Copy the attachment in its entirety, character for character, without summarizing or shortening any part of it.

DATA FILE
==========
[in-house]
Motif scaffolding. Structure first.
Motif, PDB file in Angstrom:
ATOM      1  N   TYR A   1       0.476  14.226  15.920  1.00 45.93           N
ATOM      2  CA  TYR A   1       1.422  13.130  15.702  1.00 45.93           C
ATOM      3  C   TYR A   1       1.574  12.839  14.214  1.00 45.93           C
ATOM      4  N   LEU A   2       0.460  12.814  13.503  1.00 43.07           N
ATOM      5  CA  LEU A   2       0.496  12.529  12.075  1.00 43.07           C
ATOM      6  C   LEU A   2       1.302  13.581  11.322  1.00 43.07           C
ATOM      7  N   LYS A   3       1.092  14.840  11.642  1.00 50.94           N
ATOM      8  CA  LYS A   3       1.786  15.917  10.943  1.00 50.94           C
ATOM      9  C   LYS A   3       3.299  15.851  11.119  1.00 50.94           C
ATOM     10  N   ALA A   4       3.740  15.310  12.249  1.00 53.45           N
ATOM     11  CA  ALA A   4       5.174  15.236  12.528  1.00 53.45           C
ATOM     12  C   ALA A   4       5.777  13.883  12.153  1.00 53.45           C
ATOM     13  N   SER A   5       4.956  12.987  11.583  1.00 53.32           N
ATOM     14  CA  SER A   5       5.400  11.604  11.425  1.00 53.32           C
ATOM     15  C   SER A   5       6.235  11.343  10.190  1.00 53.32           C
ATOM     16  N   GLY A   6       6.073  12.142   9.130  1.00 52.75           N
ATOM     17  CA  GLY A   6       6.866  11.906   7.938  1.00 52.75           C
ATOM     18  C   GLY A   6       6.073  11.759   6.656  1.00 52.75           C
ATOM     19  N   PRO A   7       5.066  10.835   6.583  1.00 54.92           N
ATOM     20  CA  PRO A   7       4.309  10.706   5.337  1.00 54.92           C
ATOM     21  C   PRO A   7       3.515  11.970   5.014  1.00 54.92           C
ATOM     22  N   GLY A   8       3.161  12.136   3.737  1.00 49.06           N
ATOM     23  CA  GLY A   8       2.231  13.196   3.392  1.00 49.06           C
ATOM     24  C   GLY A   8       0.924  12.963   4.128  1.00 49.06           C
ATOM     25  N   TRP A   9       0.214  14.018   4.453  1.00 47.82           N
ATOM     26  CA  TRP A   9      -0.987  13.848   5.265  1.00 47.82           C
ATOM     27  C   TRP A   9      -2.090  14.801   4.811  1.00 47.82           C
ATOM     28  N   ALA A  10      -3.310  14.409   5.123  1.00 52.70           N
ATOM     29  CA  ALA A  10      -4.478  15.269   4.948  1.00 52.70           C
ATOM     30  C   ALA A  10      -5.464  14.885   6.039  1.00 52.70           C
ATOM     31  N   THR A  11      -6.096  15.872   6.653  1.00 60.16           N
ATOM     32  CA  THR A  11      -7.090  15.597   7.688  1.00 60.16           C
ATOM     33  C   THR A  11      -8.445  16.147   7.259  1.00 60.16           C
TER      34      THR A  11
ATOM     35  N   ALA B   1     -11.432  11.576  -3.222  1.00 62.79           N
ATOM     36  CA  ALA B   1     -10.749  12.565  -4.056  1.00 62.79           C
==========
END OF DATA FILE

[in-house]
Motif scaffolding. Structure first.
Motif, PDB file in Angstrom:
ATOM      1  N   TYR A   1       0.476  14.226  15.920  1.00 45.93           N
ATOM      2  CA  TYR A   1       1.422  13.130  15.702  1.00 45.93           C
ATOM      3  C   TYR A   1       1.574  12.839  14.214  1.00 45.93           C
ATOM      4  N   LEU A   2       0.460  12.814  13.503  1.00 43.07           N
ATOM      5  CA  LEU A   2       0.496  12.529  12.075  1.00 43.07           C
ATOM      6  C   LEU A   2       1.302  13.581  11.322  1.00 43.07           C
ATOM      7  N   LYS A   3       1.092  14.840  11.642  1.00 50.94           N
ATOM      8  CA  LYS A   3       1.786  15.917  10.943  1.00 50.94           C
ATOM      9  C   LYS A   3       3.299  15.851  11.119  1.00 50.94           C
ATOM     10  N   ALA A   4       3.740  15.310  12.249  1.00 53.45           N
ATOM     11  CA  ALA A   4       5.174  15.236  12.528  1.00 53.45           C
ATOM     12  C   ALA A   4       5.777  13.883  12.153  1.00 53.45           C
ATOM     13  N   SER A   5       4.956  12.987  11.583  1.00 53.32           N
ATOM     14  CA  SER A   5       5.400  11.604  11.425  1.00 53.32           C
ATOM     15  C   SER A   5       6.235  11.343  10.190  1.00 53.32           C
ATOM     16  N   GLY A   6       6.073  12.142   9.130  1.00 52.75           N
ATOM     17  CA  GLY A   6       6.866  11.906   7.938  1.00 52.75           C
ATOM     18  C   GLY A   6       6.073  11.759   6.656  1.00 52.75           C
ATOM     19  N   PRO A   7       5.066  10.835   6.583  1.00 54.92           N
ATOM     20  CA  PRO A   7       4.309  10.706   5.337  1.00 54.92           C
ATOM     21  C   PRO A   7       3.515  11.970   5.014  1.00 54.92           C
ATOM     22  N   GLY A   8       3.161  12.136   3.737  1.00 49.06           N
ATOM     23  CA  GLY A   8       2.231  13.196   3.392  1.00 49.06           C
ATOM     24  C   GLY A   8       0.924  12.963   4.128  1.00 49.06           C
ATOM     25  N   TRP A   9       0.214  14.018   4.453  1.00 47.82           N
ATOM     26  CA  TRP A   9      -0.987  13.848   5.265  1.00 47.82           C
ATOM     27  C   TRP A   9      -2.090  14.801   4.811  1.00 47.82           C
ATOM     28  N   ALA A  10      -3.310  14.409   5.123  1.00 52.70           N
ATOM     29  CA  ALA A  10      -4.478  15.269   4.948  1.00 52.70           C
ATOM     30  C   ALA A  10      -5.464  14.885   6.039  1.00 52.70           C
ATOM     31  N   THR A  11      -6.096  15.872   6.653  1.00 60.16           N
ATOM     32  CA  THR A  11      -7.090  15.597   7.688  1.00 60.16           C
ATOM     33  C   THR A  11      -8.445  16.147   7.259  1.00 60.16           C
TER      34      THR A  11
ATOM     35  N   ALA B   1     -11.432  11.576  -3.222  1.00 62.79           N
ATOM     36  CA  ALA B   1     -10.749  12.565  -4.056  1.00 62.79           C